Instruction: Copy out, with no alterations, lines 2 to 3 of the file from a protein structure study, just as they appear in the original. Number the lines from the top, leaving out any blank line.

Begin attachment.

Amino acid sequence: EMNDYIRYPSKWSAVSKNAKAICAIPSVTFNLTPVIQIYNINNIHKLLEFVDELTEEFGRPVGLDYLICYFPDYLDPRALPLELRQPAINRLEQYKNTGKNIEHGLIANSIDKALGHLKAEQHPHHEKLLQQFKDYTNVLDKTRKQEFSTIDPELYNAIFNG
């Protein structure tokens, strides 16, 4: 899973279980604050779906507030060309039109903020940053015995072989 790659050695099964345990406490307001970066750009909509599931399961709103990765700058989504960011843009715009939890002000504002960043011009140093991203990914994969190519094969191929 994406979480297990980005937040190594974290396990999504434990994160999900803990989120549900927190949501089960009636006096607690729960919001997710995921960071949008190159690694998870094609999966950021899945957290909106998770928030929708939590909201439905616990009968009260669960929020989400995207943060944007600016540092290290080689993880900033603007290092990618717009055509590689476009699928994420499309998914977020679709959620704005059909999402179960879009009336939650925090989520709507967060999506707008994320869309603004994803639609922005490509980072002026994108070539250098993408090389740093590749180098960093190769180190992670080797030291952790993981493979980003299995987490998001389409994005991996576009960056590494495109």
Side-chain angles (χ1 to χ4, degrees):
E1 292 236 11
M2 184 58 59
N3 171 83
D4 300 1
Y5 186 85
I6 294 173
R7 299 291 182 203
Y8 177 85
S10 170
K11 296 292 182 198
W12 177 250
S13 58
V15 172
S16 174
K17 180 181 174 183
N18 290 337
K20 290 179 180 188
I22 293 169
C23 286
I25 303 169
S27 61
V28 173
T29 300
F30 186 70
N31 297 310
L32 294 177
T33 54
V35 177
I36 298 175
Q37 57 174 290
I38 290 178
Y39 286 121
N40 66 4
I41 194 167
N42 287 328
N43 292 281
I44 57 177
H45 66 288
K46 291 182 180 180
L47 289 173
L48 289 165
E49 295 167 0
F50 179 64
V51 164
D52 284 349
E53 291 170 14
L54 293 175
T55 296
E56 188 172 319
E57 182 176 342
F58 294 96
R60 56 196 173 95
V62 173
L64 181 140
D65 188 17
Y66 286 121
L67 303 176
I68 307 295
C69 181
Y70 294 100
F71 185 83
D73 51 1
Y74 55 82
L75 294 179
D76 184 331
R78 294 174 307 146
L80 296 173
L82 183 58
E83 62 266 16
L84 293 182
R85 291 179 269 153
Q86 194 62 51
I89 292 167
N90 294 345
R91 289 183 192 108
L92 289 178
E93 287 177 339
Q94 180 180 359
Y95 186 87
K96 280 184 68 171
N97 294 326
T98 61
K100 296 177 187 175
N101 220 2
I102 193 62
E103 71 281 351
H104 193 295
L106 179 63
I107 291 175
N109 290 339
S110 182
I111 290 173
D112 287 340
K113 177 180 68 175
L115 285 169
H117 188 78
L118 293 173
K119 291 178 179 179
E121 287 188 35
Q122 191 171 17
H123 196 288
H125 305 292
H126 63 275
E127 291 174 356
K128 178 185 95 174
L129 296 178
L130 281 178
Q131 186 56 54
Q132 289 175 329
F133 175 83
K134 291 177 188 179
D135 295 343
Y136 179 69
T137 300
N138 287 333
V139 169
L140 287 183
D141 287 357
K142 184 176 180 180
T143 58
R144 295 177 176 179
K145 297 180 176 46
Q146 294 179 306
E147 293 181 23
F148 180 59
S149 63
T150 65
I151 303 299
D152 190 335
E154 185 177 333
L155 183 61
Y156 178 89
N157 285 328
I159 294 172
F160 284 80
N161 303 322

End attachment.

């Protein structure tokens, strides 16, 4: 899973279980604050779906507030060309039109903020940053015995072989 790659050695099964345990406490307001970066750009909509599931399961709103990765700058989504960011843009715009939890002000504002960043011009140093991203990914994969190519094969191929 994406979480297990980005937040190594974290396990999504434990994160999900803990989120549900927190949501089960009636006096607690729960919001997710995921960071949008190159690694998870094609999966950021899945957290909106998770928030929708939590909201439905616990009968009260669960929020989400995207943060944007600016540092290290080689993880900033603007290092990618717009055509590689476009699928994420499309998914977020679709959620704005059909999402179960879009009336939650925090989520709507967060999506707008994320869309603004994803639609922005490509980072002026994108070539250098993408090389740093590749180098960093190769180190992670080797030291952790993981493979980003299995987490998001389409994005991996576009960056590494495109």
Side-chain angles (χ1 to χ4, degrees):